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Oct 28, 2019

Schumer presses Senate vote on SALT revision, but it fails

WASHINGTON — A legislative maneuver by U.S. Senate Minority Leader Charles E. Schumer to blunt Republican capping of New York’s state and local tax (SALT) deduction met defeat on the Senate floor Wednesday.

In a 52-43 vote that for the most part fell along party lines, the chamber’s Republicans turned down a Schumer measure that would have scuttled an IRS rule banning state “work-arounds” that, in effect, would have permitted taxpayers in New York and other high-tax states to defray the impact of the 2017 Republican tax bill.

“Taking away the SALT deduction was brutally unfair to New York’s hard-working homeowners who bear the brunt of the Trump tax bill,” Schumer said after the vote. “While I am disappointed that this horrible rule will continue to take its toll on working families across the country, I remain committed to eliminating the harmful SALT deduction cap through any means possible.”

The SALT deduction is frequently used by New York taxpayers as a means of offsetting otherwise-burdensome state income and local property taxes. To offset the 2017 tax bill’s lowered rates for corporations and high-income individuals, President Donald J. Trump and congressional Republicans targeted the SALT breaks popular in New York and other high-cost, high-tax states.

Republicans who then controlled by House and Senate proposed eliminating the deductions altogether, but ultimately settled for a $10,000 annual cap.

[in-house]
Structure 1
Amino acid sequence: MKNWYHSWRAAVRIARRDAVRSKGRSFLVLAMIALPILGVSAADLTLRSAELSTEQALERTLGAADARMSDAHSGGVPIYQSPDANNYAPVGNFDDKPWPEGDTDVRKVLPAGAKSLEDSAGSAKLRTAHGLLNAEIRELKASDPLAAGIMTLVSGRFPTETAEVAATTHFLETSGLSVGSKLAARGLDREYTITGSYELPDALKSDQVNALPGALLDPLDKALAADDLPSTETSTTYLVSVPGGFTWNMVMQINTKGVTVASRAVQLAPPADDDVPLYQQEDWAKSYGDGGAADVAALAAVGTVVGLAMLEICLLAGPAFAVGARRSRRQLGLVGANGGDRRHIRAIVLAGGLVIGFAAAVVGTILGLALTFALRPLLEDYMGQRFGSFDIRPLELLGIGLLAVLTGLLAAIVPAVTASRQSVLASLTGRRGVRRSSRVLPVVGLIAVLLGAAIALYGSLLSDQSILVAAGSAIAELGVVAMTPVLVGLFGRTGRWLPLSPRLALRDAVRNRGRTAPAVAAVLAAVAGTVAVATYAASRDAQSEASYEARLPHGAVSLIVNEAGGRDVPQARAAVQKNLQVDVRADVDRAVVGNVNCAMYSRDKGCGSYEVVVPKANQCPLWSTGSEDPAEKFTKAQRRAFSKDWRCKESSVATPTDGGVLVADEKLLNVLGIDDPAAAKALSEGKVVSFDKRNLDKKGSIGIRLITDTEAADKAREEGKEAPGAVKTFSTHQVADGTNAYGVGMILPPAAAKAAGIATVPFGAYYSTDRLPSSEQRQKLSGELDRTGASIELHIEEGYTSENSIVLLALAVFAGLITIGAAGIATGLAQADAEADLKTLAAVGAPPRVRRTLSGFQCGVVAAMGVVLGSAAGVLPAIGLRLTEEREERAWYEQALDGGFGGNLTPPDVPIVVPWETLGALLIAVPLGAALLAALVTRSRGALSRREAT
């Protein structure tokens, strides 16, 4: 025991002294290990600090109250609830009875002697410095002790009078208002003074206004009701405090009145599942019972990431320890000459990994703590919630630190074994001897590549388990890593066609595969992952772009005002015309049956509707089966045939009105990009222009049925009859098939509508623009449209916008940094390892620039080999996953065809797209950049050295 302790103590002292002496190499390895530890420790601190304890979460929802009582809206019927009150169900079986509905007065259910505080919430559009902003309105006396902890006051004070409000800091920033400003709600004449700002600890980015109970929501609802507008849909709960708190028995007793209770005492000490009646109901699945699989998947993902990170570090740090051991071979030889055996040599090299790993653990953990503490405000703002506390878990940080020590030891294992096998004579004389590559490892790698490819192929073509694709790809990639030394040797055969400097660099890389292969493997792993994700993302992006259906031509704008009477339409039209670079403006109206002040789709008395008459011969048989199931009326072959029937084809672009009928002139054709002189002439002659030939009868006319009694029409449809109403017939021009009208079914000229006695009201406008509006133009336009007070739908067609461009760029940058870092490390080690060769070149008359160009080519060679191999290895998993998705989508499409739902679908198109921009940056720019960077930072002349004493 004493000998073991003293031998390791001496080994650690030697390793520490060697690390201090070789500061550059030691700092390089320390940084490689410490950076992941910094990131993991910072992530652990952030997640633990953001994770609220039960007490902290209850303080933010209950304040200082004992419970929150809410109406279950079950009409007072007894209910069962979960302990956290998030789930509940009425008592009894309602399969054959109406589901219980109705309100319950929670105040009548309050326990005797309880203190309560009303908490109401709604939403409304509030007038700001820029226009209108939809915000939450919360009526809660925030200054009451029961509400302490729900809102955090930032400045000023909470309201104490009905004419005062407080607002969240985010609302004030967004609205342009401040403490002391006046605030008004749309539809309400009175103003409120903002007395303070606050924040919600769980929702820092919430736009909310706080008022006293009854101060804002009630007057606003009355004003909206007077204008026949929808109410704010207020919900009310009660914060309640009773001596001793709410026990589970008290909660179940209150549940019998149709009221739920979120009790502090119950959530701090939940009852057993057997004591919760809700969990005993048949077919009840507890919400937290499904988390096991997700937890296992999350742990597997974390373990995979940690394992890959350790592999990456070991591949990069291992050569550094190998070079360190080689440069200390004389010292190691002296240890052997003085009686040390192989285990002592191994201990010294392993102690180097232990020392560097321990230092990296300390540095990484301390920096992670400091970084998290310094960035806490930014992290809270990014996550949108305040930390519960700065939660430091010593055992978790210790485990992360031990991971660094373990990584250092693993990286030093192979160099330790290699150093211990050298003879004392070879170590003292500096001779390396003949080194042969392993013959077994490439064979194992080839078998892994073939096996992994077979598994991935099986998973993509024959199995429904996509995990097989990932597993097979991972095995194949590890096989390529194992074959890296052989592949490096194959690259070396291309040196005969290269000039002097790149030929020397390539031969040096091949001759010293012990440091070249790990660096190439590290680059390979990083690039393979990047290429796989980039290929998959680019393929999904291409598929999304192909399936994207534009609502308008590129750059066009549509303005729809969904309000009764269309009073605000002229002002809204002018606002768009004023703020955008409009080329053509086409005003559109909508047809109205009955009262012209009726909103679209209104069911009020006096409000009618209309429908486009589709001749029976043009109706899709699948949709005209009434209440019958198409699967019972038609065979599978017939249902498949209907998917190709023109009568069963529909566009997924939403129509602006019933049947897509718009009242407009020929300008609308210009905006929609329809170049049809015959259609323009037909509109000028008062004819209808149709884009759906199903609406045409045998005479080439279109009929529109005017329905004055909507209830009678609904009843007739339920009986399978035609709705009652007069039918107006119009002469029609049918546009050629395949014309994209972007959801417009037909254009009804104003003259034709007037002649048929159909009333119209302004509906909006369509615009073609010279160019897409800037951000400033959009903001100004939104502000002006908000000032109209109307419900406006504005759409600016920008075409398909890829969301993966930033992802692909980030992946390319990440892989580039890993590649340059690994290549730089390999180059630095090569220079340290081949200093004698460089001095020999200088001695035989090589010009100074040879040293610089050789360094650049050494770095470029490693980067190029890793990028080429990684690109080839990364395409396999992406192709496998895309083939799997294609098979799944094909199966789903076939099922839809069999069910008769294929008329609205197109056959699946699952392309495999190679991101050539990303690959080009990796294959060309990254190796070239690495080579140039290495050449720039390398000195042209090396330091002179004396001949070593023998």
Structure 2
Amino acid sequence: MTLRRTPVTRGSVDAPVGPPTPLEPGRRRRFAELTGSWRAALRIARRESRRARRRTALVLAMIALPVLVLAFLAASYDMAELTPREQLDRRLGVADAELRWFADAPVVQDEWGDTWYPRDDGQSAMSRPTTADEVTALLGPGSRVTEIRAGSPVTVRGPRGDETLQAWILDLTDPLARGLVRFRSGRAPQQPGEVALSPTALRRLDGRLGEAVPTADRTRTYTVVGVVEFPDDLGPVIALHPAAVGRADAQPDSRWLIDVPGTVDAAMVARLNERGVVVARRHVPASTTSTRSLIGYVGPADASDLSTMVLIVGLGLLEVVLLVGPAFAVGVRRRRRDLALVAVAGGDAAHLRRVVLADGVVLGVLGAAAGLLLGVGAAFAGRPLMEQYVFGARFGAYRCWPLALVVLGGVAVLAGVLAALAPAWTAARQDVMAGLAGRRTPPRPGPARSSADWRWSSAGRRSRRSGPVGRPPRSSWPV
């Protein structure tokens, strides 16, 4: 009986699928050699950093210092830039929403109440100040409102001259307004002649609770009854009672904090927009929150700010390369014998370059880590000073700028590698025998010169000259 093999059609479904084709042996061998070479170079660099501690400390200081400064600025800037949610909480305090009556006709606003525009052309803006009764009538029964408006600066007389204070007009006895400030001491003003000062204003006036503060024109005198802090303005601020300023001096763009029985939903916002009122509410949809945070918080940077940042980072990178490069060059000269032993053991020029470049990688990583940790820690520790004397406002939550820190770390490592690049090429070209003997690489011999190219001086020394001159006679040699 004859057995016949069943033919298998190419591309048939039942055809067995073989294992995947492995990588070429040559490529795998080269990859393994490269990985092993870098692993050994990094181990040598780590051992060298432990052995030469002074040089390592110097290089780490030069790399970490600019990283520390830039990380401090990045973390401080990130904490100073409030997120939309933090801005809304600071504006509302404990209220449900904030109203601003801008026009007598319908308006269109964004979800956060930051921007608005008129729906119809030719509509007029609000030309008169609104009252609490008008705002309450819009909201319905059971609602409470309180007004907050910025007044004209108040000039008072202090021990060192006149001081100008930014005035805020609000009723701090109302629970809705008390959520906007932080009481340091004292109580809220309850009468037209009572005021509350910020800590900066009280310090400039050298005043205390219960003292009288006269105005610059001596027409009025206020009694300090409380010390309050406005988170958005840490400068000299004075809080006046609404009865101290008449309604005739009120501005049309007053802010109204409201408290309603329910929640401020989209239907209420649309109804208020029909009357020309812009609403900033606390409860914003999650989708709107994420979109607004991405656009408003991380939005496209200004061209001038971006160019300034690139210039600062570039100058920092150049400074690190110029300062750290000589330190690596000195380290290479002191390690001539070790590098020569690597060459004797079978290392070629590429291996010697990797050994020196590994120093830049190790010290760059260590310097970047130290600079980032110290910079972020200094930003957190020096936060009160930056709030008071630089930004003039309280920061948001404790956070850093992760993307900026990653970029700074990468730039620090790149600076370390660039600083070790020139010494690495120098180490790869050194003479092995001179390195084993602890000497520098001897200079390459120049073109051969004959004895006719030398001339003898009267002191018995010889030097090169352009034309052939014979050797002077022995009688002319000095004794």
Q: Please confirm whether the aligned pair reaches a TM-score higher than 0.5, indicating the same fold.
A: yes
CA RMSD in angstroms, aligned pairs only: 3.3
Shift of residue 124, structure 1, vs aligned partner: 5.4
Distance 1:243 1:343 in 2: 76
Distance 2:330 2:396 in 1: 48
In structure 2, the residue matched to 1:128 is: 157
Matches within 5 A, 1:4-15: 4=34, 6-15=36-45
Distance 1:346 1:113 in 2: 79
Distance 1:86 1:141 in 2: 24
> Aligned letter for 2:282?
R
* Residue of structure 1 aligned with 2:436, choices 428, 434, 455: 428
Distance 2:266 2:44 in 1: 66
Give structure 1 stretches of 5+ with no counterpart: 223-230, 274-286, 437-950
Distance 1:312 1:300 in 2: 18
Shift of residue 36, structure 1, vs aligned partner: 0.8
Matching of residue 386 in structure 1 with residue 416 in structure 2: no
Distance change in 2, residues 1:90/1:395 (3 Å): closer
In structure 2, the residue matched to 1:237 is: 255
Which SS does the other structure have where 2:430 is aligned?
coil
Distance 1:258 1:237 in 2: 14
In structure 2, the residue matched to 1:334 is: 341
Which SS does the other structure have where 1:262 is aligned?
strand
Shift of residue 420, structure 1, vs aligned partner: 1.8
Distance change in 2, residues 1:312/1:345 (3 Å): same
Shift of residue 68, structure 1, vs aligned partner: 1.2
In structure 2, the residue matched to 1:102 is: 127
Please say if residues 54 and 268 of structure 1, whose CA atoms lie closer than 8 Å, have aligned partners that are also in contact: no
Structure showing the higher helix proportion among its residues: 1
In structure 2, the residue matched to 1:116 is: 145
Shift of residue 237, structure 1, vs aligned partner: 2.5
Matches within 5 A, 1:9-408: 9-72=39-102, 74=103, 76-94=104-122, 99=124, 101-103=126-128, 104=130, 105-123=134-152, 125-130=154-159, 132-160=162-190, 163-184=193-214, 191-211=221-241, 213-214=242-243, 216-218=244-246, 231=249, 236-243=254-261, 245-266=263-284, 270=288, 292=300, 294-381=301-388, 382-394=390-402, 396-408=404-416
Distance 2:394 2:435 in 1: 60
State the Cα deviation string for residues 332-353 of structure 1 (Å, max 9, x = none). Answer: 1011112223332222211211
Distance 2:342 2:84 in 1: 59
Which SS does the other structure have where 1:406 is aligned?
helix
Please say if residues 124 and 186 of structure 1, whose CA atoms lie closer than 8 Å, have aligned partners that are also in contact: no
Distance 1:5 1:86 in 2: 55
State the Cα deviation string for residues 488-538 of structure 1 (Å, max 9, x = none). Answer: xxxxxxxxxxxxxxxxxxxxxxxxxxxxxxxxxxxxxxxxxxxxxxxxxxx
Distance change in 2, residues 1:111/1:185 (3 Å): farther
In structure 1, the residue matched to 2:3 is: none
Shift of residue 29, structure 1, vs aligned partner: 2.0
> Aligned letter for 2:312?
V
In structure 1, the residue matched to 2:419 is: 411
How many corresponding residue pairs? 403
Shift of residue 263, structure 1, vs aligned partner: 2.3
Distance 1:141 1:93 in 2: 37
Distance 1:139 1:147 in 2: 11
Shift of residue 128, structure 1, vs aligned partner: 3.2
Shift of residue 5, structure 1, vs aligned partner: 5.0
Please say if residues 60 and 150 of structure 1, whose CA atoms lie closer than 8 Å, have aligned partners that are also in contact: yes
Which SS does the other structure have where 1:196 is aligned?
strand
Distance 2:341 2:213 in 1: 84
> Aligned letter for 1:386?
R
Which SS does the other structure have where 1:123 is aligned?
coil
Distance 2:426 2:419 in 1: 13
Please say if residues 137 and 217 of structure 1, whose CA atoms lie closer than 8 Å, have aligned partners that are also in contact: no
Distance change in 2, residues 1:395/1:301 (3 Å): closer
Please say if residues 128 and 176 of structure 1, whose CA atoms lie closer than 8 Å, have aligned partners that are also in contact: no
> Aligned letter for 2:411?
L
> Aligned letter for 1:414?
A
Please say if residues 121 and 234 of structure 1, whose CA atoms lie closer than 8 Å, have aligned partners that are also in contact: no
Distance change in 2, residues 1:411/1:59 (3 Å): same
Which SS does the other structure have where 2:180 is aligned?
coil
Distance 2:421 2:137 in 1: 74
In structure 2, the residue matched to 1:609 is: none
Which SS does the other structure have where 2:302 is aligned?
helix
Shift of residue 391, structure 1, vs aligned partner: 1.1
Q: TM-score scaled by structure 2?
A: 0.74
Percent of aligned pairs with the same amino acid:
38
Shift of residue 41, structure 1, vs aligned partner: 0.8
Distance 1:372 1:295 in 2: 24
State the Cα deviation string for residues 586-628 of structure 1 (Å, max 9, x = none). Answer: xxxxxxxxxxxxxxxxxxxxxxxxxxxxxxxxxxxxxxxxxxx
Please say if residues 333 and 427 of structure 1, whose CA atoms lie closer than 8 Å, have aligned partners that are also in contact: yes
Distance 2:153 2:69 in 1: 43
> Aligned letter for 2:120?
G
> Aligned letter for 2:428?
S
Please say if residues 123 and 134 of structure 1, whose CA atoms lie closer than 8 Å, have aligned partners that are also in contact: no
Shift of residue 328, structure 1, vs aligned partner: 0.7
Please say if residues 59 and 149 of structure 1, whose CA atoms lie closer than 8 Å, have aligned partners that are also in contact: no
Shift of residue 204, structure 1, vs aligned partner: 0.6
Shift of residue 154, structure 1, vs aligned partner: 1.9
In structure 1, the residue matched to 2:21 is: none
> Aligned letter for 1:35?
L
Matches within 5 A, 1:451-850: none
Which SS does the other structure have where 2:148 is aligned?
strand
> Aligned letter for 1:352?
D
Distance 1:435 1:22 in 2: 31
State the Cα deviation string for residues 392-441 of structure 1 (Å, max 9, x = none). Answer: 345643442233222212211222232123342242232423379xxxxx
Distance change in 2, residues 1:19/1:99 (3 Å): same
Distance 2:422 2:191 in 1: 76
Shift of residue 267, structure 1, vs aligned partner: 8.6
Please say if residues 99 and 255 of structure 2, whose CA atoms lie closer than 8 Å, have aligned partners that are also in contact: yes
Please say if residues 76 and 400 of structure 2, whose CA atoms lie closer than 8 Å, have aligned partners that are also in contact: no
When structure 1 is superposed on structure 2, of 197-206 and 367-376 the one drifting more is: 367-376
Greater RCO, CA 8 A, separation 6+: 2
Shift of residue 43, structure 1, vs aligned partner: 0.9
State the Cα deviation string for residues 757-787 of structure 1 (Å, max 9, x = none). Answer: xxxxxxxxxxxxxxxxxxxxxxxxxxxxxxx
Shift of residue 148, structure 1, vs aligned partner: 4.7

Gov. Andrew M. Cuomo charged Republicans with perpetrating political payback against blue states like New York, arguing the state has a long history of sending more to Washington in taxes than it gets back in federal spending. Republicans in red states in the south, midwest and west countered that it was their taxpayers who were bearing an unfair tax burden because of blue-state SALT deductions.

Trump and his main economic adviser, Larry Kudlow, argued that the true beneficiaries of the SALT deduction had been wealthy homeowners and taxpayers in the New York City metropolitan area — and not middle-class upstate residents. Schumer and others countered with data showing that upstate taxpayers depend on SALT as well.

Schumer cited data showing that in 2016, 51,000 Albany County residents filed SALT deductions that averaged $15,500.

To soften the blow of the diminished SALT deduction, New York created a work-around in which “charitable” deductions for education, childcare and non-profits serving children, rural hospitals, environmental conservation, and other items would be deductible on federal taxes. But in promulgating final rules this year, the IRS barred the mechanism.

Although Senate Majority Leader Mitch McConnell, R-Ky., normally controls the pace and content of what gets to the Senate floor, Schumer managed to circumvent him by invoking a provision in the Congressional Review Act that permits lawmakers to challenge regulations imposed by administrative agencies such as the IRS.

Schumer cited data showing that in 2016, 51,000 Albany County residents filed SALT deductions that averaged $15,500.

To soften the blow of the diminished SALT deduction, New York created a work-around in which “charitable” deductions for education, childcare and non-profits serving children, rural hospitals, environmental conservation, and other items would be deductible on federal taxes. But in promulgating final rules this year, the IRS barred the mechanism.

Although Senate Majority Leader Mitch McConnell, R-Ky., normally controls the pace and content of what gets to the Senate floor, Schumer managed to circumvent him by invoking a provision in the Congressional Review Act that permits lawmakers to challenge regulations imposed by administrative agencies such as the IRS.

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